Apply Motivational Design Principles to Create Engaging Online Modules

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In a classroom setting, levels of student engagement vary widely, but instructors can adjust the lesson based on the perceived level of student engagement. However, in an online environment, instructors cannot spontaneously prompt students to motivate their engagement. When developing asynchronous modules, using a motivational design model and appropriate technologies allows one to replicate a dynamic, active learning classroom environment.

When applying Keller’s ARCS model approach to motivational design, the goal is to engage students and keep their attention. For instance students may watch short videos based on real conversations, which are followed by practice activities. Then students might be prompted to answer a question and receive immediate, formative feedback before they move on to the next video. The repetition of consuming information followed by practicing and interacting requires consistent attention, and initial student comments/feedback indicate that the tutorials keep their attention.

Motivational design strategies improve asynchronous instruction when one can provide engaging content, guided practice, and immediate, formative feedback. Examples of other assignments that would benefit from the motivational design approach include STEM topics and exercises that link to interactive simulations (ex., business or ethical case studies, and media arts and design students practicing photo editing.

Engaging practices that motivate students:

  • Relatable scenarios with interesting examples and featuring real students
  • Online course content structure uses familiar navigation
  • Content is broken up into short segments, which allows for scaffolding
  • Active elements include practice exercises and brief follow up questions
  • Passive elements include short videos and a mix of text and visual elements
  • Students move between passive and active elements. For instance, they watch a video then practice those skills then test their understanding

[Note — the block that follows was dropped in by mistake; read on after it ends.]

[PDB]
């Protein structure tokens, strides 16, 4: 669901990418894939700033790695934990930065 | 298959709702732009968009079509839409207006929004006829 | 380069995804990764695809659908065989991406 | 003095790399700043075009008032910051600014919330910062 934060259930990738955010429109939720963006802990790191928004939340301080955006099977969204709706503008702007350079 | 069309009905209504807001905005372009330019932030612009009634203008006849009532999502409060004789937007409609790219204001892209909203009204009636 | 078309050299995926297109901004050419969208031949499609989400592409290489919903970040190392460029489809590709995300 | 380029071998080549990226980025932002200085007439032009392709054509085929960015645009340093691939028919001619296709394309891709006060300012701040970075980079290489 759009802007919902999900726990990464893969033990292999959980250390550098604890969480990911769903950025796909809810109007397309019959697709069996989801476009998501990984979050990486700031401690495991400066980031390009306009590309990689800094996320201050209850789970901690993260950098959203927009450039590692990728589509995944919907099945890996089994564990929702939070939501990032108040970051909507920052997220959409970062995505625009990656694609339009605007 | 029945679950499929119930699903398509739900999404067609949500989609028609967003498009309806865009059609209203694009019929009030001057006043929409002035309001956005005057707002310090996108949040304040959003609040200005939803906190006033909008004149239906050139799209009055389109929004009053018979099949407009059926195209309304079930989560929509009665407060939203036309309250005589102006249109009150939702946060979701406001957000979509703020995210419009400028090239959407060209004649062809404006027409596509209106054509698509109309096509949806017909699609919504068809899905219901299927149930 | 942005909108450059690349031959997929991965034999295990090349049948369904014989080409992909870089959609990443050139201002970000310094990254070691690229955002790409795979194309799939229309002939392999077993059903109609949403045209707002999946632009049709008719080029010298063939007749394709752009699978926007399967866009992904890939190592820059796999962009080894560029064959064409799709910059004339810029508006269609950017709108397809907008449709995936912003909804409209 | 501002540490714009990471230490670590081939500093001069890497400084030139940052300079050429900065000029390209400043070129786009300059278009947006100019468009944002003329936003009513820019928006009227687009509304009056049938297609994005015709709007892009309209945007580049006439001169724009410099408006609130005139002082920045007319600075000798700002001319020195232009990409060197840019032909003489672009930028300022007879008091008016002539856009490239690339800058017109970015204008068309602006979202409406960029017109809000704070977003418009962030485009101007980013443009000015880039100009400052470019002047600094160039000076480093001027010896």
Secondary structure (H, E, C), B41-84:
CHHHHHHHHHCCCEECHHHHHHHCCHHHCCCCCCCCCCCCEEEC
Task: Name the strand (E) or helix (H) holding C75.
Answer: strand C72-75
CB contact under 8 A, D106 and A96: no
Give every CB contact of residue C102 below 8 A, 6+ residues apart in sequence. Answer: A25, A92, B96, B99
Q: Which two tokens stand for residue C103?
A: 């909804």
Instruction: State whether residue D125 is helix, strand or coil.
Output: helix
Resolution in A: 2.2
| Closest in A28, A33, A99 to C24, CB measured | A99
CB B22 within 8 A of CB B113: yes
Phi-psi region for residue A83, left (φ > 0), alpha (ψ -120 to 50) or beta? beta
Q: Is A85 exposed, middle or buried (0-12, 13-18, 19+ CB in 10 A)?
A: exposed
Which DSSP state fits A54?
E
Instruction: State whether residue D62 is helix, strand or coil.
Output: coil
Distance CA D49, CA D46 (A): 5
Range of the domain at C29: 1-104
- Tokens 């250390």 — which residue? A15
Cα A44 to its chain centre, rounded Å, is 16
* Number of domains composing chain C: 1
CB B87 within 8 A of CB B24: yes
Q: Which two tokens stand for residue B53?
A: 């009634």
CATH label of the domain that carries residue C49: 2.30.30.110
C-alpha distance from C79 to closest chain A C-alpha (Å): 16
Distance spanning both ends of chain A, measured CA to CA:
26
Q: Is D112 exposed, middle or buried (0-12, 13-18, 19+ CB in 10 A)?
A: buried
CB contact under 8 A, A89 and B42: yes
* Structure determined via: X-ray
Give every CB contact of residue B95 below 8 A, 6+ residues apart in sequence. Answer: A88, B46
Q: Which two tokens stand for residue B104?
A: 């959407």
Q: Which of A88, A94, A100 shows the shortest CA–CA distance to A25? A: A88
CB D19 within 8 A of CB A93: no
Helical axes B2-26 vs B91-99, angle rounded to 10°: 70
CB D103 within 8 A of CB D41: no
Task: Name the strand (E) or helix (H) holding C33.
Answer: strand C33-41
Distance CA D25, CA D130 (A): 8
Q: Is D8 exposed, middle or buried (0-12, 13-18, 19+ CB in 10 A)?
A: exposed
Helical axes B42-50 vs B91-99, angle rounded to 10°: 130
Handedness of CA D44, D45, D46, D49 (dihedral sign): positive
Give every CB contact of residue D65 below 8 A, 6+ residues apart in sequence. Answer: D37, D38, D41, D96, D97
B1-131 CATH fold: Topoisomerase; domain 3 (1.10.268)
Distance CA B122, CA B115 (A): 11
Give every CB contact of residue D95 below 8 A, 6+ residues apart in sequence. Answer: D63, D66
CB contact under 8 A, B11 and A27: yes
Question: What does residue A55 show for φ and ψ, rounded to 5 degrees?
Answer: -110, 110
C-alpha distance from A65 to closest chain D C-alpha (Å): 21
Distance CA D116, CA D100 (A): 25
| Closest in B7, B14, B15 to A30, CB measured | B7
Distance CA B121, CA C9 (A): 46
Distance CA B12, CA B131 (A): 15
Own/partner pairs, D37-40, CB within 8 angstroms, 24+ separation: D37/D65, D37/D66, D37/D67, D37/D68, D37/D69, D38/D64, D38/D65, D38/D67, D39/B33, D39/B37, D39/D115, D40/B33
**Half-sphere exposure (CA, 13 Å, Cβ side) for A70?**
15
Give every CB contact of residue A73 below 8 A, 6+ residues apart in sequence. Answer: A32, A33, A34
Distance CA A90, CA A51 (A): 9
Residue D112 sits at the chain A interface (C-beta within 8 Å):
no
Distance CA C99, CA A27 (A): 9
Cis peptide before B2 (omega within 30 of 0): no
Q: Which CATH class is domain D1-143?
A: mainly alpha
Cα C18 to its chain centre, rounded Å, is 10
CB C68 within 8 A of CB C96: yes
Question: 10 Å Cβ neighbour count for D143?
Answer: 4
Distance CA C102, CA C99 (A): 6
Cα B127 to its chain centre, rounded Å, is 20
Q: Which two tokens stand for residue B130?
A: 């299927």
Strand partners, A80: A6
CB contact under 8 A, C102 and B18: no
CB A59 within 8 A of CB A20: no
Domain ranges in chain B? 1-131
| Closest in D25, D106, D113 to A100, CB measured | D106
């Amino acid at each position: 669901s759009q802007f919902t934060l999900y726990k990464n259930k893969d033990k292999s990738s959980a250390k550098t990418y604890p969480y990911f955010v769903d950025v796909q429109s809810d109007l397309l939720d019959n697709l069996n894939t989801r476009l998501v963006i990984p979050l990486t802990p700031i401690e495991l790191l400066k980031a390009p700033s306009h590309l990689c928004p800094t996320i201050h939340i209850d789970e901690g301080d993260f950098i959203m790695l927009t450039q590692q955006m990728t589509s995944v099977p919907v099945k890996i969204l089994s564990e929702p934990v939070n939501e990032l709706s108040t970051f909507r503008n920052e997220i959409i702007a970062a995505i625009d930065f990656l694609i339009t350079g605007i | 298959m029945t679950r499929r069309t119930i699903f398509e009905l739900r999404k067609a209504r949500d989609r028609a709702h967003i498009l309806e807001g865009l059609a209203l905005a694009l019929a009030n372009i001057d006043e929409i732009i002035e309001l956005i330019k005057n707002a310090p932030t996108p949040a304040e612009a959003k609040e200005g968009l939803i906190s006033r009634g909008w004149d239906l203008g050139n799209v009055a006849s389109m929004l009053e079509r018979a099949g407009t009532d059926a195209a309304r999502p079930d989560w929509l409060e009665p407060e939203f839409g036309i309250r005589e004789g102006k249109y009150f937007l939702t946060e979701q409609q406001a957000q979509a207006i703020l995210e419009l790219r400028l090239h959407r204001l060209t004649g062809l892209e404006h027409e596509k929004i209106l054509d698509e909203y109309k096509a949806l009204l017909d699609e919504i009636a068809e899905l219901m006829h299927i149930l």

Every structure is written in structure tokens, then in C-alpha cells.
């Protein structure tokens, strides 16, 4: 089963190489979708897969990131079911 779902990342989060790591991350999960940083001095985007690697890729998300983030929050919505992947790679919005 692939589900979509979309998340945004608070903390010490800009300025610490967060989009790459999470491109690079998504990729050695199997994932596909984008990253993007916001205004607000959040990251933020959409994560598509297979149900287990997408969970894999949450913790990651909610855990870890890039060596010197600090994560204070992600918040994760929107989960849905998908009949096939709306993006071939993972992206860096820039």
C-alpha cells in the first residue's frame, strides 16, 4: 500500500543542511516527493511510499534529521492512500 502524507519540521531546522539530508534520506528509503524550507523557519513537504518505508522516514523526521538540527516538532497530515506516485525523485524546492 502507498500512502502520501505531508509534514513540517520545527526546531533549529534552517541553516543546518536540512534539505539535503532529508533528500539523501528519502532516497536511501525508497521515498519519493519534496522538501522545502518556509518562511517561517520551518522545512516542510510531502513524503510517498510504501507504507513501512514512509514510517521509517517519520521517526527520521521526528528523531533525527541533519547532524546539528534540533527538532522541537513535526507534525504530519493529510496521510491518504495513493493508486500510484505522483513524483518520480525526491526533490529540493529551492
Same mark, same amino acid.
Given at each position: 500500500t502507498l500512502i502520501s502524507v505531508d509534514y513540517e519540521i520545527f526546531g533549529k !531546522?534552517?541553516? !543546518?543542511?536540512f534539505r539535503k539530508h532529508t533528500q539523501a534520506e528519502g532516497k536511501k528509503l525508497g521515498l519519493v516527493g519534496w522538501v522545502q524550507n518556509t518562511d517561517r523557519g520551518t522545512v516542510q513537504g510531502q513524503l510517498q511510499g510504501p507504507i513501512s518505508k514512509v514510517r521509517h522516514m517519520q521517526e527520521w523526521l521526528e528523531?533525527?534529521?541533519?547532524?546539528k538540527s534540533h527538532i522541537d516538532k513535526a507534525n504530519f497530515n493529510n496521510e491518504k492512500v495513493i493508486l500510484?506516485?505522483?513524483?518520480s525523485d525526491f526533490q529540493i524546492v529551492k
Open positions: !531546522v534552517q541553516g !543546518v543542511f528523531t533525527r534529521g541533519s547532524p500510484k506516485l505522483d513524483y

• Formative assessment includes either a multiple choice or short answer question and provides immediate feedback

Link to example artifact(s)

Example from Liz Thompson of James Madison University Libraries

In our move from face-to-face instruction sessions to asynchronous modules, we considered student engagement one of our biggest challenges. In this situation, one librarian supports more than 60 sections of the foundational first-year writing course each semester (more than one thousand students). In an effort to reach students in every section each semester, a small team from the library planned and built an asynchronous, modular tutorial series.


Still shot of Sample Module video
Sample Module Applying Motivational Design Principles

View Short Annotated Video of Sample Module

Link to scholarly reference(s)

Barron, K. E., & Hulleman, C. S. (2006). Is there a formula to help understand and improve student motivation? Essays from E-xcellence in Teaching 2006, Volume 6. Retrieved [October 22, 2015] from the Society for the Teaching of Psychology Web site:

Bonk, C. J., & Zhang, K. (2008). Empowering online learning: 100+ activities for reading, reflecting, displaying, and doing. San Francisco: Jossey-Bass

Keller, J. M. (2010). Motivational Design for Learning and Performance: The ARCS model approach. New York: Springer. [1]

University of Arizona Libraries. (2019). About Guide on the Side. Retrieved [August 2, 2019] fromĀ


Thompson, L. (2016). Apply motivational design principles to create engaging online modules. In B. Chen & K. Thompson (Eds.), Teaching Online Pedagogical Repository. Orlando, FL: University of Central Florida Center for Distributed Learning.

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